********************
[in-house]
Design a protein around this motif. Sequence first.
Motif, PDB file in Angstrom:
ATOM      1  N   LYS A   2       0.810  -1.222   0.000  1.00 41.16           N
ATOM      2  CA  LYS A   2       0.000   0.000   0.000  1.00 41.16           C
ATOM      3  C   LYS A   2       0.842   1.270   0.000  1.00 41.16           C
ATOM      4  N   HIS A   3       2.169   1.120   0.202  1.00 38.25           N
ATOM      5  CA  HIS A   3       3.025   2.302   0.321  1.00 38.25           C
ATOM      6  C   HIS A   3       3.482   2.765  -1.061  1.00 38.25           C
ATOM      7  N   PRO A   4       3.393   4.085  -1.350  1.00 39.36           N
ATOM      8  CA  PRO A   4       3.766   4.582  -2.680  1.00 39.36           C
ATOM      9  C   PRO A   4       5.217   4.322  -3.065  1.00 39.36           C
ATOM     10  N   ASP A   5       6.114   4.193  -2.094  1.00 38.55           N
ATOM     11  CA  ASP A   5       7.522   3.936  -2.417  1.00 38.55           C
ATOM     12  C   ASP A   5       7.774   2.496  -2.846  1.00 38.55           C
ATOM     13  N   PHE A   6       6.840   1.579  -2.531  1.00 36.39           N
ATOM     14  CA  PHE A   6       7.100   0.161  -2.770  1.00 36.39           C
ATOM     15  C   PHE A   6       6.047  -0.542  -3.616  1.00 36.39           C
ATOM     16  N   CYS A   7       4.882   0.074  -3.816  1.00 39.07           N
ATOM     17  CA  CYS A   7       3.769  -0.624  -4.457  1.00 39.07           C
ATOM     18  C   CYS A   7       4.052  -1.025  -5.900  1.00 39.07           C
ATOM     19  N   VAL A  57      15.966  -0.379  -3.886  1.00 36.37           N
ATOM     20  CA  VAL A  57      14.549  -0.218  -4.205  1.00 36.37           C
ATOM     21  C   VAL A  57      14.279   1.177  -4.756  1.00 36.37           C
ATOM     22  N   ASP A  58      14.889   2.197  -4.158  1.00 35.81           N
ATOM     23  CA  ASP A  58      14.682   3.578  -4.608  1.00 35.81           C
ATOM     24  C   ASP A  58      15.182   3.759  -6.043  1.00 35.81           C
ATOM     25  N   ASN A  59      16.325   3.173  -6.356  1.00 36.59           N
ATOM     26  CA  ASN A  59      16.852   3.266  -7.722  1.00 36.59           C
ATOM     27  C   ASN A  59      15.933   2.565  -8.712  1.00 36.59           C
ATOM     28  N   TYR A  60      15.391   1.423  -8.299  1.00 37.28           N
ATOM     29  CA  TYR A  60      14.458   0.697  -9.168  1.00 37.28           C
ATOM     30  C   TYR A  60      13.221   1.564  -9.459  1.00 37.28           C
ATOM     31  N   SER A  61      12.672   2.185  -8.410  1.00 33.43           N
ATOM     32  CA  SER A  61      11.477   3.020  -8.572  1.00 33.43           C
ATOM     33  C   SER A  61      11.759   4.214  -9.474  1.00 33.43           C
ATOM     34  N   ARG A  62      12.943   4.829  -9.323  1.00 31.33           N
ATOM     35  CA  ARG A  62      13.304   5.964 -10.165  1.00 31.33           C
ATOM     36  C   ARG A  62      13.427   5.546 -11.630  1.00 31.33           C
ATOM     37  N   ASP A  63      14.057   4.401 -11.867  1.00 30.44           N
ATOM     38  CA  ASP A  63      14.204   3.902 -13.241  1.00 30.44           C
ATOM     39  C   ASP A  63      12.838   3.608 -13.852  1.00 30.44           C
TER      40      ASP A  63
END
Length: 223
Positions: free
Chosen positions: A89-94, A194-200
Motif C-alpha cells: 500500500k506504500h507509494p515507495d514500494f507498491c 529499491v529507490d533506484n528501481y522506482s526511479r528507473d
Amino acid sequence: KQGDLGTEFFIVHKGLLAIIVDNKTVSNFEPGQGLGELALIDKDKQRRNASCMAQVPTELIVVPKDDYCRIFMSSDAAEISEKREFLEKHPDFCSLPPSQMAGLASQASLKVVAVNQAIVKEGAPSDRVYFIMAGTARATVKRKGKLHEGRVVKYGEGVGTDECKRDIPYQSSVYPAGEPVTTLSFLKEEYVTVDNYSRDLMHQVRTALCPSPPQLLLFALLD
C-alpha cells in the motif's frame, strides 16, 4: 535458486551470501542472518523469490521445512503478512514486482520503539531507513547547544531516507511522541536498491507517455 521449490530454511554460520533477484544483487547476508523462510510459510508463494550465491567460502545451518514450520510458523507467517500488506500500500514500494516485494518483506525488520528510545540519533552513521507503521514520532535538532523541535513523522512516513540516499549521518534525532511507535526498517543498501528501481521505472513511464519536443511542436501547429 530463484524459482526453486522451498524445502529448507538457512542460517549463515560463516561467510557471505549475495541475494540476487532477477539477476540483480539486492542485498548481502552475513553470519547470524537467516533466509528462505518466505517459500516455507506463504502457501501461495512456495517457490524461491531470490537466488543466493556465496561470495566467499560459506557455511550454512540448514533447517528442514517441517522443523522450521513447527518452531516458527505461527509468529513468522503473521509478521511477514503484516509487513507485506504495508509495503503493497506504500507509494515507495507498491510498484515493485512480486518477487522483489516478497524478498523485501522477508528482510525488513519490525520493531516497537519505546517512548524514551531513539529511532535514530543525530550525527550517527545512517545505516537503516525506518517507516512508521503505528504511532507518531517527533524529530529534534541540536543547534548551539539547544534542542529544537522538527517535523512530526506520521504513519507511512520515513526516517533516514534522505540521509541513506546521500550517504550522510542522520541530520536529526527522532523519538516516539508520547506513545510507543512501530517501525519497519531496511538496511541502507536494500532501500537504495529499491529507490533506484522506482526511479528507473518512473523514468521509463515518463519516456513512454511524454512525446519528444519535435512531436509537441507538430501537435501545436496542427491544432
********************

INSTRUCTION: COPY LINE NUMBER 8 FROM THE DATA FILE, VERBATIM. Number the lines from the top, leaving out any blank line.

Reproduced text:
ATOM      5  CA  HIS A   3       3.025   2.302   0.321  1.00 38.25           C